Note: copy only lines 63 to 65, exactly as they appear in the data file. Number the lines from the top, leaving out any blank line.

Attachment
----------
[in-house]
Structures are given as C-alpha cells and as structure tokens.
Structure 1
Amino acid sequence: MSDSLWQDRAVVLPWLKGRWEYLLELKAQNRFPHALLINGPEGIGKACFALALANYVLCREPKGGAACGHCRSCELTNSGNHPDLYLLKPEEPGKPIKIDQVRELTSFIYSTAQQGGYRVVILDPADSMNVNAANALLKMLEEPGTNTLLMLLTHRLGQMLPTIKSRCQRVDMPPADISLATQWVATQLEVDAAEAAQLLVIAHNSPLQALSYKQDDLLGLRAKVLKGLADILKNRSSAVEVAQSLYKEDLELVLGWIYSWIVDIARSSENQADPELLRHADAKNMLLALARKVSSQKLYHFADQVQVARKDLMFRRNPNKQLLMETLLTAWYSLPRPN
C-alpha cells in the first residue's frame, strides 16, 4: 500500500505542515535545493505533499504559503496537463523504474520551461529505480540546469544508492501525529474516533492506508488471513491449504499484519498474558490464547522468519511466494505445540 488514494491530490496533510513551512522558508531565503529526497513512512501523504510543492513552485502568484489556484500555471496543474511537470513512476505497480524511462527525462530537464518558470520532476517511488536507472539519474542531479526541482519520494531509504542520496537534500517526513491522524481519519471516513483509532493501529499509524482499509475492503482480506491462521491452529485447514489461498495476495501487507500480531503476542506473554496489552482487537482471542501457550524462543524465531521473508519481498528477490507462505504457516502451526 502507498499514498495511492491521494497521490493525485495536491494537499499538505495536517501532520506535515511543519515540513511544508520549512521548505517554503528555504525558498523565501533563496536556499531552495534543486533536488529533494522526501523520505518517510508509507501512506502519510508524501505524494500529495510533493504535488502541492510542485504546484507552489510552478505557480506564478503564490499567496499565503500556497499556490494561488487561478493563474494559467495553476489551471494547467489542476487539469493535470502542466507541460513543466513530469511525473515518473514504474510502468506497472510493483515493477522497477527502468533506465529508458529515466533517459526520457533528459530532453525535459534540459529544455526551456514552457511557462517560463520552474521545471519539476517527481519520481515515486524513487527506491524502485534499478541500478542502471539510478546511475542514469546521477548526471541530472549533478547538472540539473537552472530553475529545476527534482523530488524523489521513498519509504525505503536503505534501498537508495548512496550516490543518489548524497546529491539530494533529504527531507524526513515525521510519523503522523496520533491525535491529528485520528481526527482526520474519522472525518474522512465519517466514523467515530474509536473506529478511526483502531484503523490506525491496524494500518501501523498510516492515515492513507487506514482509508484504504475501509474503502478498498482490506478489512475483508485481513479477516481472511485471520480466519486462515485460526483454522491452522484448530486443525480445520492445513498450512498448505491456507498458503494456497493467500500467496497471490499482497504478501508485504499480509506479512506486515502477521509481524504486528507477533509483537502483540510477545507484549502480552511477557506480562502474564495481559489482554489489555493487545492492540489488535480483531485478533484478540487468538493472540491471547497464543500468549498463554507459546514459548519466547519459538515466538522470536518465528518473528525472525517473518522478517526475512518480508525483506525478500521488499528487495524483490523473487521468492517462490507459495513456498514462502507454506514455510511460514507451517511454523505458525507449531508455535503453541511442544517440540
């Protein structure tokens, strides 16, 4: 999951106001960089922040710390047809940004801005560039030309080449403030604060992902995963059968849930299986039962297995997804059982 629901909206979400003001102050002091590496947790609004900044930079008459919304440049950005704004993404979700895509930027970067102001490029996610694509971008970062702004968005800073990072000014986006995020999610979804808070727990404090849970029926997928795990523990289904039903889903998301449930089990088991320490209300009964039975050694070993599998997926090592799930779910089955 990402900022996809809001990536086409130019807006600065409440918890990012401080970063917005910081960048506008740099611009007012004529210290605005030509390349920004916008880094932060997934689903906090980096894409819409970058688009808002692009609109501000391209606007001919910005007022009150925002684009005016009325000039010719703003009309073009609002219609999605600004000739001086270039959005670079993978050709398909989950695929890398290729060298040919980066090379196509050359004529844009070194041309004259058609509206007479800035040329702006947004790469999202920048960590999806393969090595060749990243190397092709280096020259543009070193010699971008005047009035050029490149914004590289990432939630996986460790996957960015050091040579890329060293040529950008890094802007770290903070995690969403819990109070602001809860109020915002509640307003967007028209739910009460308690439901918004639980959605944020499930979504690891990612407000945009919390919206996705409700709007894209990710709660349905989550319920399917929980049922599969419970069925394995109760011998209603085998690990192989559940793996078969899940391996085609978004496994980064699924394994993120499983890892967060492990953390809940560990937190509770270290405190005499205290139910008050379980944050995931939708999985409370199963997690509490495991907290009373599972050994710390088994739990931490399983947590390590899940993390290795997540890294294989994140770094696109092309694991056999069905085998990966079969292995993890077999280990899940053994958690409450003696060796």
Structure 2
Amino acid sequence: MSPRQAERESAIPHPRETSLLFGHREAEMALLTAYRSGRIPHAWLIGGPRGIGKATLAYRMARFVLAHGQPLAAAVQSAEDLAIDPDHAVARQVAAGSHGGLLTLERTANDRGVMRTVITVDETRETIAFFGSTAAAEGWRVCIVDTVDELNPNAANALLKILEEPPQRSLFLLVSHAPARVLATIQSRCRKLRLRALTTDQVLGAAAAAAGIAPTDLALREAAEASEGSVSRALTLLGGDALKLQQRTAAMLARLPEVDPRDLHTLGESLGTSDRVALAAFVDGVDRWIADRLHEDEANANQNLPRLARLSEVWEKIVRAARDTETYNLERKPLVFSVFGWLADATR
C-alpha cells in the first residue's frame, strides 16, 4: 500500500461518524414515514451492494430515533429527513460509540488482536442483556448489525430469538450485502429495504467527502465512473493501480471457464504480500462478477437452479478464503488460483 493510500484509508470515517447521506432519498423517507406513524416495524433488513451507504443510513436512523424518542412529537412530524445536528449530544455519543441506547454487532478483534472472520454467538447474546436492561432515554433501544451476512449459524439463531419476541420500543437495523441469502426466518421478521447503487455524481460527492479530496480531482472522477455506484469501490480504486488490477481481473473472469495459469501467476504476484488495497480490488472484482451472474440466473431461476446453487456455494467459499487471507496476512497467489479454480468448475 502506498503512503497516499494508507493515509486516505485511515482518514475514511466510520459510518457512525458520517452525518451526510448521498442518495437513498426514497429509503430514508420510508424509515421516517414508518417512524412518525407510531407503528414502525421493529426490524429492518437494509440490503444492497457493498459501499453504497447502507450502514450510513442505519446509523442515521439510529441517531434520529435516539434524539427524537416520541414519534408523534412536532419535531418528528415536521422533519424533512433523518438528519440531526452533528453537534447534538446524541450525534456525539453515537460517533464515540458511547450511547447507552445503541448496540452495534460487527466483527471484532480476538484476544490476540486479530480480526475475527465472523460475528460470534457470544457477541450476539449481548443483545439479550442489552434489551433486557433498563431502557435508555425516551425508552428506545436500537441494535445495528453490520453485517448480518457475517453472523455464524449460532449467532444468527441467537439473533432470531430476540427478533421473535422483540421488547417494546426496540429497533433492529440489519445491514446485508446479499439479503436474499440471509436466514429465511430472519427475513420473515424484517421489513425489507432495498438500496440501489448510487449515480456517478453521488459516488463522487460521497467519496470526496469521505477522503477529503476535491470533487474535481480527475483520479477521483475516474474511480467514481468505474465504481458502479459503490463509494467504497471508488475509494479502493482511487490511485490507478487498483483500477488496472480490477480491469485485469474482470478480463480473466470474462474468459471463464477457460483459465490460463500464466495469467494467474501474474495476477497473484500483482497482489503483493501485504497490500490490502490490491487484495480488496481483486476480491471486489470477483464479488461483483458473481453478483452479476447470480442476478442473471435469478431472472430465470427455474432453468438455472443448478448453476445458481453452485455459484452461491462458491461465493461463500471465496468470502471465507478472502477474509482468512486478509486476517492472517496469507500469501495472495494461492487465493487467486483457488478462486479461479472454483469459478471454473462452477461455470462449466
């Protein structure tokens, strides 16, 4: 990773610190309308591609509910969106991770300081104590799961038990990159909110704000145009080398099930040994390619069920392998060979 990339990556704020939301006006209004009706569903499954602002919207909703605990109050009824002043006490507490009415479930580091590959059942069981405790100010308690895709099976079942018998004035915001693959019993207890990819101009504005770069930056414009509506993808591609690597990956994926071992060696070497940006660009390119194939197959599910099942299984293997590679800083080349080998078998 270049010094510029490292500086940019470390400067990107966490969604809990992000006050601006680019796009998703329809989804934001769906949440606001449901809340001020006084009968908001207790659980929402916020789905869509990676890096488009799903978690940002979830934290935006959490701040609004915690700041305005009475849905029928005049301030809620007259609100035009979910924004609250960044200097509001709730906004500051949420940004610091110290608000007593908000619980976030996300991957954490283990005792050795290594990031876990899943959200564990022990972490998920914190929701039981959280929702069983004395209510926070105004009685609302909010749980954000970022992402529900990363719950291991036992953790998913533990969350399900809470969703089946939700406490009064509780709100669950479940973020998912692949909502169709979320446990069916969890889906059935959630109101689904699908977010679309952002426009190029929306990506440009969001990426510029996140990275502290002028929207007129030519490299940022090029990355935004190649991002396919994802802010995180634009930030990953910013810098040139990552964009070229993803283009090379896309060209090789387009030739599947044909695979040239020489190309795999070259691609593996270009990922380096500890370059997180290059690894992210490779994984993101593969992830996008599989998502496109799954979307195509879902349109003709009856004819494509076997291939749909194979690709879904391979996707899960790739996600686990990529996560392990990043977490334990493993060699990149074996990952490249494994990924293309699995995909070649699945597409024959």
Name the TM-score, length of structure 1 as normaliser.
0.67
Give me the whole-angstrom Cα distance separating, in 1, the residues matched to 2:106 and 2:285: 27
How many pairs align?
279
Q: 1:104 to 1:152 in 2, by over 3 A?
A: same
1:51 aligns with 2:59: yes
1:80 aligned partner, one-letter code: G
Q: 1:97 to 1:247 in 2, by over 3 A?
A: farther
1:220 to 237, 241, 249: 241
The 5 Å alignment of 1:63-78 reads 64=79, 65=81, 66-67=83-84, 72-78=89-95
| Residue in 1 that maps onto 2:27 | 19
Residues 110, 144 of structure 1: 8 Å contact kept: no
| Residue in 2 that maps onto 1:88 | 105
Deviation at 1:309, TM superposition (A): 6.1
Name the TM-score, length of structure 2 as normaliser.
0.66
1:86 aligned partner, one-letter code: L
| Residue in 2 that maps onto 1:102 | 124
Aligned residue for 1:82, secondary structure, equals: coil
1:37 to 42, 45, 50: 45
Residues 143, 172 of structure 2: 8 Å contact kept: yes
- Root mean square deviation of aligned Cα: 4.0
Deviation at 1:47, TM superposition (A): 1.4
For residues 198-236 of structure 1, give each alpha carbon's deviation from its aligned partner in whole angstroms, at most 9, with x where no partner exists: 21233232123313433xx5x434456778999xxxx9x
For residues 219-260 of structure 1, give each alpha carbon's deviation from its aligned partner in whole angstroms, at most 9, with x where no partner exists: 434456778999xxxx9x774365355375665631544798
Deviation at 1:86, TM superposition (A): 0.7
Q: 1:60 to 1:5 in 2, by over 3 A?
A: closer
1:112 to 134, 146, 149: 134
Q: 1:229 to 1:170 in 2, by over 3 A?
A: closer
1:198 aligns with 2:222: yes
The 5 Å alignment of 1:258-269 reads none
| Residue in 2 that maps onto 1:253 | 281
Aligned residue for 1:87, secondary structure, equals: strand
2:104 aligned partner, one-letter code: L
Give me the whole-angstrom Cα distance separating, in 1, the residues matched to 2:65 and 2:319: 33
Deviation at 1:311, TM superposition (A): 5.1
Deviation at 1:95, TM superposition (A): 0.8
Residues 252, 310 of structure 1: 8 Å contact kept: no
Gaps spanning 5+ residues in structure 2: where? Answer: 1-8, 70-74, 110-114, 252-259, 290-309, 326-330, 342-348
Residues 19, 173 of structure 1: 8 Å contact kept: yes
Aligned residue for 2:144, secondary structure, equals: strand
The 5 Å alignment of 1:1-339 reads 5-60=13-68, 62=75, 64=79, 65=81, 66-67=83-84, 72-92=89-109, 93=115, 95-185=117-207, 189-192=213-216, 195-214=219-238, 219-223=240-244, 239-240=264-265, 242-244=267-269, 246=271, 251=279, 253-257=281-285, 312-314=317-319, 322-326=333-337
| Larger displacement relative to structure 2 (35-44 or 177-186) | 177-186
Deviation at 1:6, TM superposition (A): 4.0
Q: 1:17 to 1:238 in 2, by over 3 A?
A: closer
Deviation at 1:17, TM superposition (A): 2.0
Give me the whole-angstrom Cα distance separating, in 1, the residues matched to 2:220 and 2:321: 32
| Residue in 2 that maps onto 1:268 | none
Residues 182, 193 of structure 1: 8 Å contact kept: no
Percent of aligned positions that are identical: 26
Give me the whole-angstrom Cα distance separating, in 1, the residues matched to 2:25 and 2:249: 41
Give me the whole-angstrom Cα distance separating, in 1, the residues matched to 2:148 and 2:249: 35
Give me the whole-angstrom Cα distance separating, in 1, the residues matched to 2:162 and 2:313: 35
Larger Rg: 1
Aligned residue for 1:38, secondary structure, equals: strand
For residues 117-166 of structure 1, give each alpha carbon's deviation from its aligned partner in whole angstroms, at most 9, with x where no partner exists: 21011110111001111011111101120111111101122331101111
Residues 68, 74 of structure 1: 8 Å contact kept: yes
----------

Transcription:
Give me the whole-angstrom Cα distance separating, in 1, the residues matched to 2:220 and 2:321: 32
| Residue in 2 that maps onto 1:268 | none
Residues 182, 193 of structure 1: 8 Å contact kept: no